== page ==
Nonetheless, we must acknowledge at least the possibility that Judge Irenas might have read his dismissal order differently. For that reason, out of an abundance of caution and as a matter of comity, the better course might have been for the Superior Court to decline to hear the matter until OGI first exhausted its potential federal remedies. Then, if the federal court concluded it had no jurisdiction, the Superior Court could have proceeded to render a decision on the validity of the settlement agreement.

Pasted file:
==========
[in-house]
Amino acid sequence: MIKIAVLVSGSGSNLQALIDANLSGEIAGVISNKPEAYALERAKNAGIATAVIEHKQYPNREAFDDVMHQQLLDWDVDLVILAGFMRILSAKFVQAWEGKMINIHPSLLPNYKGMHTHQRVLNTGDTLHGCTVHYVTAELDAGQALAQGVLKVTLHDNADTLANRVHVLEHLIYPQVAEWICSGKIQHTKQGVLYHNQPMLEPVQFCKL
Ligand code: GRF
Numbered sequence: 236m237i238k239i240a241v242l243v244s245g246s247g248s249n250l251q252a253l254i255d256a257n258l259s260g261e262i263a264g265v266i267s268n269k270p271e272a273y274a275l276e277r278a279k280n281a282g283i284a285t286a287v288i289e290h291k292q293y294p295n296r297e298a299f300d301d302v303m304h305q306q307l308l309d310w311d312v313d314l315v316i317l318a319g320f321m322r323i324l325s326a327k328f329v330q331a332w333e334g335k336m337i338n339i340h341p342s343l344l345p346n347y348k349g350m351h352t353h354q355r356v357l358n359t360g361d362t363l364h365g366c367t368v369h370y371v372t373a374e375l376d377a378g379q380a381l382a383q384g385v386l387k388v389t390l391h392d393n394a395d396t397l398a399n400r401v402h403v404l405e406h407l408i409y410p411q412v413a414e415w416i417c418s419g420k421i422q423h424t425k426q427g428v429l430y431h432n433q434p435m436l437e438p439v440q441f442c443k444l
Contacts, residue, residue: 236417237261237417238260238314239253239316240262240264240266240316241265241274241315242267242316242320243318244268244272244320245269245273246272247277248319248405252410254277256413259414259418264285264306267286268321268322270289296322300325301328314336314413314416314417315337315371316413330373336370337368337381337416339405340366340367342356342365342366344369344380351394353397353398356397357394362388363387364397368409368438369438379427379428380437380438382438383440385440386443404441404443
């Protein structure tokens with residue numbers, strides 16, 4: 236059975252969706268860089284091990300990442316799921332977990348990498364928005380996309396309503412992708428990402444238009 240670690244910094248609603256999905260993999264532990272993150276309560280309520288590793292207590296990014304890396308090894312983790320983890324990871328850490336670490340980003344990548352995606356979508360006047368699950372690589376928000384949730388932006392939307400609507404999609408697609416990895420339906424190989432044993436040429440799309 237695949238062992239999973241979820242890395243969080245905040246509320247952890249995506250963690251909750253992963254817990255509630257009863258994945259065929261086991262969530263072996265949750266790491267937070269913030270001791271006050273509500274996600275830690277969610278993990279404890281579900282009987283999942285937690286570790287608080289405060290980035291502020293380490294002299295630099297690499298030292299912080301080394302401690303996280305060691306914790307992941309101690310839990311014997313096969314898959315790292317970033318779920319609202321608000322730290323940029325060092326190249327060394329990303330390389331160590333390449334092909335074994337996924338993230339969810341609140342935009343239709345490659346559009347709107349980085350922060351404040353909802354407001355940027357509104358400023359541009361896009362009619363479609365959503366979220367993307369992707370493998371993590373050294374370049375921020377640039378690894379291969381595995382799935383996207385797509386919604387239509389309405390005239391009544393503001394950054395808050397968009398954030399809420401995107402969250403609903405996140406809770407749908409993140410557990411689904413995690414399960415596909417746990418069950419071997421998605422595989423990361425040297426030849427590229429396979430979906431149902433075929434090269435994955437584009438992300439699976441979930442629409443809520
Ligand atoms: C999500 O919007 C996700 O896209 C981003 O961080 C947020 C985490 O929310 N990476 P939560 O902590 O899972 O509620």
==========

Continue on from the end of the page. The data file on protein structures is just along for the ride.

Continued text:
Comity is practiced when a court of one jurisdiction voluntarily restrains itself from interfering in a matter falling within the purview of a court of another jurisdiction. See Yancoskie v. Del. River Port Auth., 78 N.J. 321, 324 (1978) (observing general rule of comity "that the court which first acquires jurisdiction has precedence in the absence of special equities"); Aly v. E.S. Sutton Realty, 360 N.J. Super. 214, 222 (App. Div. 2003). Comity is grounded in notions of accommodation and good-neighborliness, and is a necessary expedient to preserve the delicate balance of power and harmonious relations among the various sovereigns of our federalist system. See City of Philadelphia v. Austin, 86 N.J. 55, 64 (1981).